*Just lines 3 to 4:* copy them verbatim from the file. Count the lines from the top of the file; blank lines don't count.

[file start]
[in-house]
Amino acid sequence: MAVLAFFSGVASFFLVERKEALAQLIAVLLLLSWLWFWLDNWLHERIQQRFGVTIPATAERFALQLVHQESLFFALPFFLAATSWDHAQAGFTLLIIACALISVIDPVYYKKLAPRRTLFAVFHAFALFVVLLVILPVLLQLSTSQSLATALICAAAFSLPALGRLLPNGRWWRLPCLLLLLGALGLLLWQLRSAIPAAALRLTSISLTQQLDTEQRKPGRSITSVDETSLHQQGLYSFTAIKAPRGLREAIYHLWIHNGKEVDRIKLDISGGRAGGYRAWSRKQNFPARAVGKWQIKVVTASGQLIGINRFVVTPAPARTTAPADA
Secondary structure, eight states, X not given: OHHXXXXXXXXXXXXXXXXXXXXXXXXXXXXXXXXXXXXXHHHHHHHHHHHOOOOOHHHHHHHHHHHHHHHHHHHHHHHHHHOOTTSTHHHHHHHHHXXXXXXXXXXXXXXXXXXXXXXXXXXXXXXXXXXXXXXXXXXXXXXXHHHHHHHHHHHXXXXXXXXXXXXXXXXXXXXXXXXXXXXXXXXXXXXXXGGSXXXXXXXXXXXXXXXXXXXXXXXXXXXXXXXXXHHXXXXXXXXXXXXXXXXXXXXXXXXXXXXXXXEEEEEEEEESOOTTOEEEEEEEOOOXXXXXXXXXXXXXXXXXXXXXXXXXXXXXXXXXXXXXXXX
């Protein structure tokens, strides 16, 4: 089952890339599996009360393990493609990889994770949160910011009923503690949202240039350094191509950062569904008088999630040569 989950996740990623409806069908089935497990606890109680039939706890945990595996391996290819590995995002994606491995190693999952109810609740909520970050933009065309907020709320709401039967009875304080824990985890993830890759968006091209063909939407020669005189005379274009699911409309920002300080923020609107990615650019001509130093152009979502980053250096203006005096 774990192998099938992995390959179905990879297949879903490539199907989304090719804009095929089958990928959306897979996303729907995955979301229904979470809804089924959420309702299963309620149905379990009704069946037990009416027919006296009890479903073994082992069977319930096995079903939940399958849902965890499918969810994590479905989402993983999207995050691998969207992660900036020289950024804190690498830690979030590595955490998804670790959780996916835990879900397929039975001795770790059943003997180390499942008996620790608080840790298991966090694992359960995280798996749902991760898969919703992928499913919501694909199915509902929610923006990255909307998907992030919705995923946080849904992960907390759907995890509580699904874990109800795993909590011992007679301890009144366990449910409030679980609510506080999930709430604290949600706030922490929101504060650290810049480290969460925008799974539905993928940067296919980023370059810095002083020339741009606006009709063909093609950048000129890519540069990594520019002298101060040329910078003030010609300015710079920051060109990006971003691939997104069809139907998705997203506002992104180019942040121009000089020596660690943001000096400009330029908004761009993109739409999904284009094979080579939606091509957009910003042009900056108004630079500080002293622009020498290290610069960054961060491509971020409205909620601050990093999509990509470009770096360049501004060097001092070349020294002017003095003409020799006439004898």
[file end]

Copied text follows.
Secondary structure, eight states, X not given: OHHXXXXXXXXXXXXXXXXXXXXXXXXXXXXXXXXXXXXXHHHHHHHHHHHOOOOOHHHHHHHHHHHHHHHHHHHHHHHHHHOOTTSTHHHHHHHHHXXXXXXXXXXXXXXXXXXXXXXXXXXXXXXXXXXXXXXXXXXXXXXXHHHHHHHHHHHXXXXXXXXXXXXXXXXXXXXXXXXXXXXXXXXXXXXXXGGSXXXXXXXXXXXXXXXXXXXXXXXXXXXXXXXXXHHXXXXXXXXXXXXXXXXXXXXXXXXXXXXXXXEEEEEEEEESOOTTOEEEEEEEOOOXXXXXXXXXXXXXXXXXXXXXXXXXXXXXXXXXXXXXXXX
């Protein structure tokens, strides 16, 4: 089952890339599996009360393990493609990889994770949160910011009923503690949202240039350094191509950062569904008088999630040569 989950996740990623409806069908089935497990606890109680039939706890945990595996391996290819590995995002994606491995190693999952109810609740909520970050933009065309907020709320709401039967009875304080824990985890993830890759968006091209063909939407020669005189005379274009699911409309920002300080923020609107990615650019001509130093152009979502980053250096203006005096 774990192998099938992995390959179905990879297949879903490539199907989304090719804009095929089958990928959306897979996303729907995955979301229904979470809804089924959420309702299963309620149905379990009704069946037990009416027919006296009890479903073994082992069977319930096995079903939940399958849902965890499918969810994590479905989402993983999207995050691998969207992660900036020289950024804190690498830690979030590595955490998804670790959780996916835990879900397929039975001795770790059943003997180390499942008996620790608080840790298991966090694992359960995280798996749902991760898969919703992928499913919501694909199915509902929610923006990255909307998907992030919705995923946080849904992960907390759907995890509580699904874990109800795993909590011992007679301890009144366990449910409030679980609510506080999930709430604290949600706030922490929101504060650290810049480290969460925008799974539905993928940067296919980023370059810095002083020339741009606006009709063909093609950048000129890519540069990594520019002298101060040329910078003030010609300015710079920051060109990006971003691939997104069809139907998705997203506002992104180019942040121009000089020596660690943001000096400009330029908004761009993109739409999904284009094979080579939606091509957009910003042009900056108004630079500080002293622009020498290290610069960054961060491509971020409205909620601050990093999509990509470009770096360049501004060097001092070349020294002017003095003409020799006439004898």